He doesn't wait as he has 3-4 places to check. ALWAYS asks before he starts.Lots of reloaders up here so it's best he does
    As far as being armed,we always have 1 black rifle ready and everyone carries. 1 person always stays by the vehicles when target change time
    You can tell what kind of folks they are when 4-7 armed guys stare them down. The good guys stop and say hi and the idiots keep driving
     
  16. U201491

    U201491 Well-Known Member

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    I seem to remember a couple people up at the Larch Mountain a few years back that were target shooting and some J.Azz came in and shot them for their guns of some such bs. I don't like places where there are people that just come in and stand back and watch either. I can usually find a place off the beaten path where there is not anyone else around to do shooting or sight in.. When people do come by I observe them more than they do me :) Also I am generally off the roads far enough that most don't walk in.
     
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  17. etrain16

    etrain16 Oregon Bronze Supporter Bronze Supporter

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    Someone watching me shoot, out in the woods for 2-3 hours? That's creepy. That's hardly what I would consider 'normal' behavior. It's also a big reason why I really don't like shooting out in the woods. I've had numerous interactions with folks out in the woods that were uncomfortable at best. It's really no fun to go out and shoot if you're always having to keep one eye open for potential bad guys. I don't have to do that at my range.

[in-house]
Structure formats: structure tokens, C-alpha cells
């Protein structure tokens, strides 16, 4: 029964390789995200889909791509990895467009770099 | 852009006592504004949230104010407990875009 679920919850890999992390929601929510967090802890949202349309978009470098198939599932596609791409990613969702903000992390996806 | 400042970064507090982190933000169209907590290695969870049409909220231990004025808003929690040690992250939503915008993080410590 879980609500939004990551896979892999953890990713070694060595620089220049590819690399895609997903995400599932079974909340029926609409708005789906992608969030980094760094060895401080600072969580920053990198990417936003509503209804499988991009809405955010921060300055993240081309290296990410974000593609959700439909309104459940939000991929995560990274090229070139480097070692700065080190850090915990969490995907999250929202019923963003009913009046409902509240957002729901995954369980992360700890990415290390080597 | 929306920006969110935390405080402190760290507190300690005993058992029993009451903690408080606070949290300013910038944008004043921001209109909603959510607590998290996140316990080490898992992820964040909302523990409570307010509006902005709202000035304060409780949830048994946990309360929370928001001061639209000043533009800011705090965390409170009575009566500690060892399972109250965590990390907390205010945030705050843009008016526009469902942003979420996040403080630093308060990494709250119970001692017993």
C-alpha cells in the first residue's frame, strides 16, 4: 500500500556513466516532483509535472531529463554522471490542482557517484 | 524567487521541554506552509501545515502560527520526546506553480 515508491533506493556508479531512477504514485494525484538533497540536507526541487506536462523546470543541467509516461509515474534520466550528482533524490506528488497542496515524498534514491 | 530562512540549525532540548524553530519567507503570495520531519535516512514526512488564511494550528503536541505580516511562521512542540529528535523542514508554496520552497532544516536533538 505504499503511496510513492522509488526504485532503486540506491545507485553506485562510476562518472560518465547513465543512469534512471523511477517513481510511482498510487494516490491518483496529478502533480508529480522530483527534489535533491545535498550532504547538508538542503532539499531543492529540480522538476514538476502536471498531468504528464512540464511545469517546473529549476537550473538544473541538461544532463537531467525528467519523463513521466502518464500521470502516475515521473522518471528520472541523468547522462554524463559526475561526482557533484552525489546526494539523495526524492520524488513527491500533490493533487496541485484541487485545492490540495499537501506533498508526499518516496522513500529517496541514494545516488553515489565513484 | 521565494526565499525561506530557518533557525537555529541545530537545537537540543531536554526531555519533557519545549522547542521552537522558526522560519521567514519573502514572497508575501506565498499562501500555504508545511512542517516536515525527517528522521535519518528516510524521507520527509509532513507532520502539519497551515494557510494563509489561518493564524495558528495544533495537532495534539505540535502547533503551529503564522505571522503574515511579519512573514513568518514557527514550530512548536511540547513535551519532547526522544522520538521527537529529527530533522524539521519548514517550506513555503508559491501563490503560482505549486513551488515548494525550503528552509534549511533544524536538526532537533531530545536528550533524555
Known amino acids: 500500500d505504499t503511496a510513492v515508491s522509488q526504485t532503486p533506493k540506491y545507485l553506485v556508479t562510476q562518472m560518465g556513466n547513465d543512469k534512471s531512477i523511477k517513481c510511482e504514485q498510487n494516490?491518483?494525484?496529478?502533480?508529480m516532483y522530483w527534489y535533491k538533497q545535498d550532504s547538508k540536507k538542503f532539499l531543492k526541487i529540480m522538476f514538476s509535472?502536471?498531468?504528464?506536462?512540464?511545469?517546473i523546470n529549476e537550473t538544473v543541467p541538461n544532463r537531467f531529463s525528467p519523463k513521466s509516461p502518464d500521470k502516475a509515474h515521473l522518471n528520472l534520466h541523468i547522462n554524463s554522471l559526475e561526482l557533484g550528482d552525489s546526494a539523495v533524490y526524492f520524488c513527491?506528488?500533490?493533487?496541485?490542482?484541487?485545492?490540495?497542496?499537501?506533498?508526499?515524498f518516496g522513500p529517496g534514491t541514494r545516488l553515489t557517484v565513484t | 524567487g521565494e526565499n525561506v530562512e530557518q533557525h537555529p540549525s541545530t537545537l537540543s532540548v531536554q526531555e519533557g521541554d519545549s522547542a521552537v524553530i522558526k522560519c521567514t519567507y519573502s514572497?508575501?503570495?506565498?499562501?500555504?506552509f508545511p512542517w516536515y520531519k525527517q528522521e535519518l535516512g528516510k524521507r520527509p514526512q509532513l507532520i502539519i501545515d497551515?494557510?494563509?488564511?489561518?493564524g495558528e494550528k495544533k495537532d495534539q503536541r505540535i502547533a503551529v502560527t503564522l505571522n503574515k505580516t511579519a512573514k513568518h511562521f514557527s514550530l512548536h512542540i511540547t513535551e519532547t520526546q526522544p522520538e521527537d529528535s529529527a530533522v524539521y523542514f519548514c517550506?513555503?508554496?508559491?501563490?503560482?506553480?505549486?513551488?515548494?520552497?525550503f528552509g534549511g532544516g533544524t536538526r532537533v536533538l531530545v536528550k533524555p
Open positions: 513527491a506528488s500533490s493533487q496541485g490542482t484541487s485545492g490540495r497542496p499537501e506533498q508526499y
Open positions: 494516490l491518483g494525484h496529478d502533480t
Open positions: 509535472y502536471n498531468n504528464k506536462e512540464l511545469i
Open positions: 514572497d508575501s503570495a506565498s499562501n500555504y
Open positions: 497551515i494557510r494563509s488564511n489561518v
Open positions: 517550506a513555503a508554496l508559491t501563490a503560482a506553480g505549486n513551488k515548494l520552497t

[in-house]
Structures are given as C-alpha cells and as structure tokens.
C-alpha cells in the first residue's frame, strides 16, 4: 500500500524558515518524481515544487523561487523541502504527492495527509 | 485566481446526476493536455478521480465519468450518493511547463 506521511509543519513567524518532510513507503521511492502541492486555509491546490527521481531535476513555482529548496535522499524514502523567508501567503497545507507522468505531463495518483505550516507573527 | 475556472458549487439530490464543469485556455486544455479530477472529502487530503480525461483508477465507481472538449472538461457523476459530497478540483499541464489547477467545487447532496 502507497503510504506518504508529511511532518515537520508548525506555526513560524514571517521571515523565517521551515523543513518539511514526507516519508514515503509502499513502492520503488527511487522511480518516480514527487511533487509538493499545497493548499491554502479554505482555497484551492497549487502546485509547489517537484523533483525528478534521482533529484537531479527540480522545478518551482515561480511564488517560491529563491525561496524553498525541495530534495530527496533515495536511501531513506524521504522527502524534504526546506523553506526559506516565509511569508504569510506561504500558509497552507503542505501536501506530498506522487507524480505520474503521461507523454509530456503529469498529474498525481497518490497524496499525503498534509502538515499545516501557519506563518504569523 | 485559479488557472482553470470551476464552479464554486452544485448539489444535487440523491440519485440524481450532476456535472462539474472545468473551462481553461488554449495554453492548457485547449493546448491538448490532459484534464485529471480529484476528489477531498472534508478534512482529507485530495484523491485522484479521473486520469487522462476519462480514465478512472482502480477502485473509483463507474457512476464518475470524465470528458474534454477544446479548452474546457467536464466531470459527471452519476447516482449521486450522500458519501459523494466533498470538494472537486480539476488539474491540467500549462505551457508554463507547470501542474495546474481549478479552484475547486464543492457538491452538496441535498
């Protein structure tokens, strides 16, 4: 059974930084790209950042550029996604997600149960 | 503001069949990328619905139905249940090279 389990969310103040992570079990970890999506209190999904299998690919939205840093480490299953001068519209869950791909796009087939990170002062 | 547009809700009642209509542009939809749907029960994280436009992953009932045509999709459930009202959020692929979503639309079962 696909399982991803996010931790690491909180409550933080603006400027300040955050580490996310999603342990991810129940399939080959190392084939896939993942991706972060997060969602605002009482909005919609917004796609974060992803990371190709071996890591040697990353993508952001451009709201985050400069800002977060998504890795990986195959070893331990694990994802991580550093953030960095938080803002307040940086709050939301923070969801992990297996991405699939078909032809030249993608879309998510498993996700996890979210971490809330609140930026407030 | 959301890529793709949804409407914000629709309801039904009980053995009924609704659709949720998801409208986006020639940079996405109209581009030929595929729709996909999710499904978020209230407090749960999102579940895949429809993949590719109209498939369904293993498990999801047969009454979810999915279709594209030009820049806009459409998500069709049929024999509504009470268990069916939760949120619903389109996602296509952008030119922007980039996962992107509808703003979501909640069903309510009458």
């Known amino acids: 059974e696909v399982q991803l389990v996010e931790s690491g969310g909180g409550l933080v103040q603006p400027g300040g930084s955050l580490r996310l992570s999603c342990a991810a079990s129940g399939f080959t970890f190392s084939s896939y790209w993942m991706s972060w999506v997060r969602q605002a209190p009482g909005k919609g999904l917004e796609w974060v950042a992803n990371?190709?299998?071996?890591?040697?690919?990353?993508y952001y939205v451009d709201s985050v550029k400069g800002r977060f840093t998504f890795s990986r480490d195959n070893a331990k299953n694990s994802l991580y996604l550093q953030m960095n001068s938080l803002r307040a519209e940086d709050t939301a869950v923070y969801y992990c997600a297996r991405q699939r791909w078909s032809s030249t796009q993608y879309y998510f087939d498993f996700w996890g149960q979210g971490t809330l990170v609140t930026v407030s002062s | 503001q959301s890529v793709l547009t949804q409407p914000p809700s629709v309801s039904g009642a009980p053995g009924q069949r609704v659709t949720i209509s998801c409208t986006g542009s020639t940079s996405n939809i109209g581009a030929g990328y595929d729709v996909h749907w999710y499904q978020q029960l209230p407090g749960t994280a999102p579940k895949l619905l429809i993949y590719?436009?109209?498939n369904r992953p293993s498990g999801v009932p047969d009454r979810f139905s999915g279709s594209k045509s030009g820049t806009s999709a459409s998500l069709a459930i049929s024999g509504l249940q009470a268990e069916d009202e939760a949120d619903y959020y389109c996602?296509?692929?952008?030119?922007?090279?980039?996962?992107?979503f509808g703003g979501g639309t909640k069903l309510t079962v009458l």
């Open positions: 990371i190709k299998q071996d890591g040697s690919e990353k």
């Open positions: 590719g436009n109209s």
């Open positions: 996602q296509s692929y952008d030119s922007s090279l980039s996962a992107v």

As for striking up conversations, well, when I'm out shooting, I usually have limited time, so I don't want to spend it all chatting. I'll be cordial, talk for a bit, and I've met some great folks doing just that. But the folks I'm likely to talk to are doing the same thing I am. They're not sitting out in the middle of nowhere just watching me behind my back.

    Considering we talk about situational awareness pretty often here, I would chalk this up to being aware that something just doesn't 'seem right'. How many folks have ignored those feelings and end up robbed or worse? Most folks know the difference between normal behavior and behavior that's outside of the norm. If you just ignore those feelings, you may find yourself in a rough place.

    For me, I'll stick with the range. I can't kill water jugs there, but otherwise, it's a great place to shoot and there are plenty of good people there to talk to.
     
  18. mcathcart

    mcathcart Beaverton, Oregon Active Member

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    lol
    the RO didnt even wait until I left, to pick up my brass.
     
  19. xtratoy

    xtratoy Vancouver USA Active Member

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    Seems like more than a few people are shot at the "range". Recently a safety trainer was shot while teaching a young girl to shoot a full auto Uzi and another one prior to that was Chris Kyle who was shot at a Texas shooting range. I would rather be out in the woods myself. I always keep a loaded gun handy when shooting or reloading or going down range to check my target. I have more people watching me at the range than when by myself in the woods.
     
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  20. mjbskwim

    mjbskwim Salmon,Idaho Well-Known Member

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    Like I said,when we go we are armed to the teeth.We watch pretty good at whats going on. It would get ugly quick for someone as most have kids to go home to.